Students, Teachers Reflect on the First Day of School

As distance learning commenced, members of the Rio community weighed in with their first impressions for the school year.

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Photo By Emma Hutchinson

Sophomore Maelyn Hutchinson sits down at her computer on the first day of school and enters Google Classroom where she will access information to get her into Zoom for each of her classes.

Emma Hutchinson and Katelyn Newton

The first day of school looked a little different for everyone this year; instead of having to get up early to get dressed, drive to school, and visit lockers before class, students could have simply rolled out of bed, put t-shirts on over pajama bottoms, and sat down in their rooms for the beginning of the school day.

Distance learning platforms were temporarily inaccessible to some students this morning given the high volume of students and staff trying to log on to the San Juan Student Portal to access Google Classroom and Zoom at the same time for the beginning of synchronous learning. The district technology staff faced the challenge of navigating the various technological problems. 

With patience, however, once students could access Google Classroom, some reported positive reviews. 

“While it obviously wasn’t how I envisioned or wished to start my senior year, my first day actually went really well,” senior Lucy Prieto said. “I think both my teachers and classmates did an amazing job adapting to these unique circumstances.”

In the spring, many students and families experienced the challenges of distance learning as teachers tried to learn how to teach students in a new form and use new programs and technology. Students faced their own troubles involving everything from access to sufficient technology and internet connection to having to teach themselves course material with minimal guidance from teachers. 

Over the summer, the district collaborated with schools and administrators to gather chromebooks to distribute to students, ensuring access to the distance learning platforms for a more unified learning experience. Staff members from multiple schools and various departments also spent the summer working to develop distance learning curriculum and schedules that would better allow both teachers and students to access and utilize the necessary resources for successful virtual learning.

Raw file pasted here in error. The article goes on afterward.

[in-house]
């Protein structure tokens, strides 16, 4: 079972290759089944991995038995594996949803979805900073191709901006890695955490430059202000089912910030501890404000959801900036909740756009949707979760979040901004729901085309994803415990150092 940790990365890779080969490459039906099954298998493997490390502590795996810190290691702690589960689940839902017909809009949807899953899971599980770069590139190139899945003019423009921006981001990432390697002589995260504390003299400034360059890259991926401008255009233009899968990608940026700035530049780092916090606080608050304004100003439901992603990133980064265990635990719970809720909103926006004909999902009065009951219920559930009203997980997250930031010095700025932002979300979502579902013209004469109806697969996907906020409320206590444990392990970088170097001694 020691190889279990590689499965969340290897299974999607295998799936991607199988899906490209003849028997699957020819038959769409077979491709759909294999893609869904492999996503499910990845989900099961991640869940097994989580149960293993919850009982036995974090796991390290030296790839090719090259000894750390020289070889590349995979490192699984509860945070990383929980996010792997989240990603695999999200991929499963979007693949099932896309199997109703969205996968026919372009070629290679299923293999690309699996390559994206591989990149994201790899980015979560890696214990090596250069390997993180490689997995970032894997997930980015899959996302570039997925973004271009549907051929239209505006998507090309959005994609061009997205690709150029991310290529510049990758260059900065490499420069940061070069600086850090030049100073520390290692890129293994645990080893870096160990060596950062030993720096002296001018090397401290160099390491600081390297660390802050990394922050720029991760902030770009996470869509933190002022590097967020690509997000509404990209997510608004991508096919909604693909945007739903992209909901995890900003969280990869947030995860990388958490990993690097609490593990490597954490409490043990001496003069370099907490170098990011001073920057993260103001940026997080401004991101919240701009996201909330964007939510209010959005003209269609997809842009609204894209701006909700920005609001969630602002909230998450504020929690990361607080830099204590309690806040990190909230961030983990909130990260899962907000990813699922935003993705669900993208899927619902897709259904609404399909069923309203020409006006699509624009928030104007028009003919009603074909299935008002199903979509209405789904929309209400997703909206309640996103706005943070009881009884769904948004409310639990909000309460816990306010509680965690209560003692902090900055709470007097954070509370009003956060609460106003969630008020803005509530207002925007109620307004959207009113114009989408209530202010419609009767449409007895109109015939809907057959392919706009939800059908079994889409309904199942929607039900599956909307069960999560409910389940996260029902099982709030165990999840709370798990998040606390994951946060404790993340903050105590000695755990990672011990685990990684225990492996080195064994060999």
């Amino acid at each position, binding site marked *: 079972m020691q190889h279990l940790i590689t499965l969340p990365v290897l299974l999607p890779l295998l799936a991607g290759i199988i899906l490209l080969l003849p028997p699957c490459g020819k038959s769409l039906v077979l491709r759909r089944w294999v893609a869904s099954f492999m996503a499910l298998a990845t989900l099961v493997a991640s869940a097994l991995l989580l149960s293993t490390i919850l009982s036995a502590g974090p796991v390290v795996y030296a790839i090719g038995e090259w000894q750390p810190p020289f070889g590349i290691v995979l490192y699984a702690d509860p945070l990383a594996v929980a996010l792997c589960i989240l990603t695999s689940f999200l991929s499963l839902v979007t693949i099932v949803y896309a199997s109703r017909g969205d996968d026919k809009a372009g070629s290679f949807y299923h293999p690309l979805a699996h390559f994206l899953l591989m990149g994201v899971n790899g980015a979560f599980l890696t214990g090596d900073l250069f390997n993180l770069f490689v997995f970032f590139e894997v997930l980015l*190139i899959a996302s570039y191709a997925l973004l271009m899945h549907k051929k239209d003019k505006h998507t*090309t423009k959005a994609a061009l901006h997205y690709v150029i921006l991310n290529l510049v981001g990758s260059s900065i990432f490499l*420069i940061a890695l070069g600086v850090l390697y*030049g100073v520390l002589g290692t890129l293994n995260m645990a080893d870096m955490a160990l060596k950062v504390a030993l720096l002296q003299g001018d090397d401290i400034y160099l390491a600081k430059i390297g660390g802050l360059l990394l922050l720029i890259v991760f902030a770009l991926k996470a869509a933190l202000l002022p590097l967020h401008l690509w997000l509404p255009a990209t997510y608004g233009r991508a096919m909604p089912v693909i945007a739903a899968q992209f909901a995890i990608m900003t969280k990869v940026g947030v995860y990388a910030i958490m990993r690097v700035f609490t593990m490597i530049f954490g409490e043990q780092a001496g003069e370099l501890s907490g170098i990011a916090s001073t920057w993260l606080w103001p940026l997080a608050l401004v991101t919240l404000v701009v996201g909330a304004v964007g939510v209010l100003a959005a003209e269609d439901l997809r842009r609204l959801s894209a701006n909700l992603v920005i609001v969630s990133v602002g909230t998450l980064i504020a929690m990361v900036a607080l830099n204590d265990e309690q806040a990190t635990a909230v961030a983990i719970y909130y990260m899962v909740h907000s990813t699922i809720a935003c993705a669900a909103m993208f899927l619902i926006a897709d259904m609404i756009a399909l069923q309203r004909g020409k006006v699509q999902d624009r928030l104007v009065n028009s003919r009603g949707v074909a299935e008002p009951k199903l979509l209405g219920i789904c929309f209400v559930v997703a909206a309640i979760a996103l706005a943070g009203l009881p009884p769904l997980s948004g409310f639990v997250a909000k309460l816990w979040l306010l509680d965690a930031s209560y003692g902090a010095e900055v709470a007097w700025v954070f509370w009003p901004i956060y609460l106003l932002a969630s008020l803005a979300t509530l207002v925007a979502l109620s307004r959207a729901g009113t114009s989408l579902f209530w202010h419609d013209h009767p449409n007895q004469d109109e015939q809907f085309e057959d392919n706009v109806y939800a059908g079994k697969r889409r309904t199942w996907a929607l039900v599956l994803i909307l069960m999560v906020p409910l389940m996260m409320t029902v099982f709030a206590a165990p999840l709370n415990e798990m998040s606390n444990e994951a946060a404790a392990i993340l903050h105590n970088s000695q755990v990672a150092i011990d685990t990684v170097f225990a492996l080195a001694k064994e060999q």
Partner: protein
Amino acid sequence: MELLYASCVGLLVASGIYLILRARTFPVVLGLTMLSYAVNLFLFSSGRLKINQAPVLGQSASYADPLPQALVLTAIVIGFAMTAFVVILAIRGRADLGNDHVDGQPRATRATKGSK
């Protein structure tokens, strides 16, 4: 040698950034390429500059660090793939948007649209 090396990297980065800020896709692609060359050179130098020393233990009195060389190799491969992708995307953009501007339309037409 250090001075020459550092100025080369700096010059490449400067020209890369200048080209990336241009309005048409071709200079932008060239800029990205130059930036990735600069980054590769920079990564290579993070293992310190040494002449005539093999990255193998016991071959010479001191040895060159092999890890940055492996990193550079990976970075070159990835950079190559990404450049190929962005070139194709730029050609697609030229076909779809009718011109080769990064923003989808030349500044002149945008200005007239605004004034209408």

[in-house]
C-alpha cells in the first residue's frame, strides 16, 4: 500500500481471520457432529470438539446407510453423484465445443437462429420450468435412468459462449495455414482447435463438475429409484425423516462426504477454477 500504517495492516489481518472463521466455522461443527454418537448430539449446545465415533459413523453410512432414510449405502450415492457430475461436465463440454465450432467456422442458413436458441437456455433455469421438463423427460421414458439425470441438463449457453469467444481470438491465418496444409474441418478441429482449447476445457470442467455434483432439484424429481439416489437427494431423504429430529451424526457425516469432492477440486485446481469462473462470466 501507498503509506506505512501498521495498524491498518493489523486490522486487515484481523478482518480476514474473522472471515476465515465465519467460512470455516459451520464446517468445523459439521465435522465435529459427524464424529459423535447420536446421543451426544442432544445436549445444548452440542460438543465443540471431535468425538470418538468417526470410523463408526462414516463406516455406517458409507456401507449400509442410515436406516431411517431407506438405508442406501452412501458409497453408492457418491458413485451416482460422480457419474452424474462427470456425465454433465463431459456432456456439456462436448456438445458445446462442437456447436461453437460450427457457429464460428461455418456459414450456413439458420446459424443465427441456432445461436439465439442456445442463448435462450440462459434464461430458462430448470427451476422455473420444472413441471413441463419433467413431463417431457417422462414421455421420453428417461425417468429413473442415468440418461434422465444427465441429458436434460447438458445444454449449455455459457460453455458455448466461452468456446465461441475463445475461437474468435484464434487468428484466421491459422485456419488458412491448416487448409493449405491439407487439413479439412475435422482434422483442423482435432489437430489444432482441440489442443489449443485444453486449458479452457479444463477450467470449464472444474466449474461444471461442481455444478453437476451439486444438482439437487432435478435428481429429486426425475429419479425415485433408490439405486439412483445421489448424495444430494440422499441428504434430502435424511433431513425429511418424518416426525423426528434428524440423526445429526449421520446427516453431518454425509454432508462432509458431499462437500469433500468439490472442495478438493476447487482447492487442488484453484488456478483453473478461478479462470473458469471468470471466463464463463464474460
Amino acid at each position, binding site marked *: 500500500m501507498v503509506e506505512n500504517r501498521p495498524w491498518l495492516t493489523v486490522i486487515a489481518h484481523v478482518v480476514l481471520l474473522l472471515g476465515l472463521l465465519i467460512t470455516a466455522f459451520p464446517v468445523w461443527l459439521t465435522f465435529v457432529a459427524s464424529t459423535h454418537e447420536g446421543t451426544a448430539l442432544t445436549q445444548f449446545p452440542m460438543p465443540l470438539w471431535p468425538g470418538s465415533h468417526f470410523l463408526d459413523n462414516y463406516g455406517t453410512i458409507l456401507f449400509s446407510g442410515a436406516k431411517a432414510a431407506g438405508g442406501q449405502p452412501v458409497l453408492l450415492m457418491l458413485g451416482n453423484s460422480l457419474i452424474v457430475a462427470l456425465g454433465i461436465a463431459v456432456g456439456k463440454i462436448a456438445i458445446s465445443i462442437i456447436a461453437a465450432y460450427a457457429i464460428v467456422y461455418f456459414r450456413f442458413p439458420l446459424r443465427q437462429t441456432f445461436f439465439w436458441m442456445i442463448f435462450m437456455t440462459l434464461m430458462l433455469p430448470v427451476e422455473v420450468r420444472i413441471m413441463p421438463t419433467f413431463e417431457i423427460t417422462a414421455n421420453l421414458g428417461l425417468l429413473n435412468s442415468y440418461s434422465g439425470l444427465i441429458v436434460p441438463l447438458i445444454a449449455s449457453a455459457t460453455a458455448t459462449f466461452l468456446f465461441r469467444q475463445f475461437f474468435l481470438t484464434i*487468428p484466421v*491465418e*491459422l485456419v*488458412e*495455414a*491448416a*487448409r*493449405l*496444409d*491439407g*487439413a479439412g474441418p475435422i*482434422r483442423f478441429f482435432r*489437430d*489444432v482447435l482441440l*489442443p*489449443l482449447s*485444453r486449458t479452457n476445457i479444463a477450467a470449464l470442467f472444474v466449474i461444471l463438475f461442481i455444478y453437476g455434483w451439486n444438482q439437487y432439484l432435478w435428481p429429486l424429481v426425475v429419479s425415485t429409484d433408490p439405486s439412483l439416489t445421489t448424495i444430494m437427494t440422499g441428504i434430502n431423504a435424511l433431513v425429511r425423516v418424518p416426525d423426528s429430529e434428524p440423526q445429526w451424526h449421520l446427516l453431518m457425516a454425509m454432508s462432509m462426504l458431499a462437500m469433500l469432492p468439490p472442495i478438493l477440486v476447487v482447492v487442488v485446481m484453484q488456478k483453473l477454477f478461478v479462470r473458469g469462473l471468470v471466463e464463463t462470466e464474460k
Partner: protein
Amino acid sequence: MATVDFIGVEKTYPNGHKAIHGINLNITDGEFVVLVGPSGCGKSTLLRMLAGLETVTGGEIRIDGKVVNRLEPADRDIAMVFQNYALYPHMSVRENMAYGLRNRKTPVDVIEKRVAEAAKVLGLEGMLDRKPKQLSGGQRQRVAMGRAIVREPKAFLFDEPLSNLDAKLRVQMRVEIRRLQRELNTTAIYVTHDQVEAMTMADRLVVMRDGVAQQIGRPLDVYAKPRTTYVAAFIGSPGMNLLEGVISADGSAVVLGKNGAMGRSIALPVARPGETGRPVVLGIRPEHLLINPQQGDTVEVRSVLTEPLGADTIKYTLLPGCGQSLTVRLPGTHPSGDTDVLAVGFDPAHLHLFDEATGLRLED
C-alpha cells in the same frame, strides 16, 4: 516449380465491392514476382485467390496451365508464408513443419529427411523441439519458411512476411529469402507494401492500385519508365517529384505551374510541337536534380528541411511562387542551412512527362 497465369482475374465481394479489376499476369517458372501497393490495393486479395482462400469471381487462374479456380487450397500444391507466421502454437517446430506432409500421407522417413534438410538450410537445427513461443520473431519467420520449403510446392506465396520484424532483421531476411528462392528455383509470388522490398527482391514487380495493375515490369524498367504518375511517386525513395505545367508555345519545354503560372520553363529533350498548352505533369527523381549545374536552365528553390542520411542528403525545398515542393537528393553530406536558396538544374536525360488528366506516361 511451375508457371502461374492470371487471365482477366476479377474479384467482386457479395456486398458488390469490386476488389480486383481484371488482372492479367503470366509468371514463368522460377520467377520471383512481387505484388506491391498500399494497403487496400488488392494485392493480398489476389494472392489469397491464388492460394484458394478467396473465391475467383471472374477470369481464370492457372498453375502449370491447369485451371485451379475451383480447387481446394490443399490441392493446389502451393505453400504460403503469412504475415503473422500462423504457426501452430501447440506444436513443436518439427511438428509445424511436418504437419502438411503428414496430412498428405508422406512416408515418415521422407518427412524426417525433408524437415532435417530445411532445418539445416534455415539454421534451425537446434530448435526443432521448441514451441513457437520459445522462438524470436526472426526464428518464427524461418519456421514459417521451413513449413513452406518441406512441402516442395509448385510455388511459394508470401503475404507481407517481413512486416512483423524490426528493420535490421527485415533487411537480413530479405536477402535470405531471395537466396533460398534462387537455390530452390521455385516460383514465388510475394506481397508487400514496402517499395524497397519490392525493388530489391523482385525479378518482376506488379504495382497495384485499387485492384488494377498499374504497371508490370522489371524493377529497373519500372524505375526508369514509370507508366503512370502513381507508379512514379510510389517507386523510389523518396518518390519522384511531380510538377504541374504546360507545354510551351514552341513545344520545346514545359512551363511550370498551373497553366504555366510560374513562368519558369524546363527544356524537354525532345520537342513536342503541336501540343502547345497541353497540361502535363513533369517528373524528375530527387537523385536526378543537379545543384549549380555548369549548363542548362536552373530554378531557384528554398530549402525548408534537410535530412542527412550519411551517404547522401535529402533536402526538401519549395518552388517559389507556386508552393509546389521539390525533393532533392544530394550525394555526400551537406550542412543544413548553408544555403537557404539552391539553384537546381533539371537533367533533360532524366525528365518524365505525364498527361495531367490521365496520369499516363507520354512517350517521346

The new distance learning bell schedule sets up a block schedule where students meet in each of their classes two days a week for 90 minutes, and meet for all six classes on Wednesdays for teachers to check in mid week, with 15 minutes allotted for each class. Some of that time is used for active instruction by teachers, and the rest can be used in various ways, including for asynchronous activities. 

“I think the first day of school was definitely more organized than the spring distance learning,” said senior Annika Bjork. “In the spring, none of my teachers really did Zoom calls and all the work was just independent study style over Google Classroom, so I feel like I’m a lot more supported now since my day is more structured.” 

Students across grade levels had mixed feelings about starting their school years online. Seniors worried about missing out on all of the early school year traditions, freshman worried about starting at a new school full of new people without being able to see anyone in person and making friends, and juniors worried about how they would make the connection with teachers and classmates to pull them through the academic rigor the school year will bring. 

But, the efforts across the board provided an overall positive experience for students on the first day. 

“The first day was pretty good, my teachers are super fun and nice,” said freshman Josie Parod. “So far today I had health, PE, and Spanish, it was a successful first day!”

How distance learning will progress has yet to be seen, but as teachers and students further understand the new platforms and routines associated with distance learning, many are optimistic for a positive academic experience for all. 

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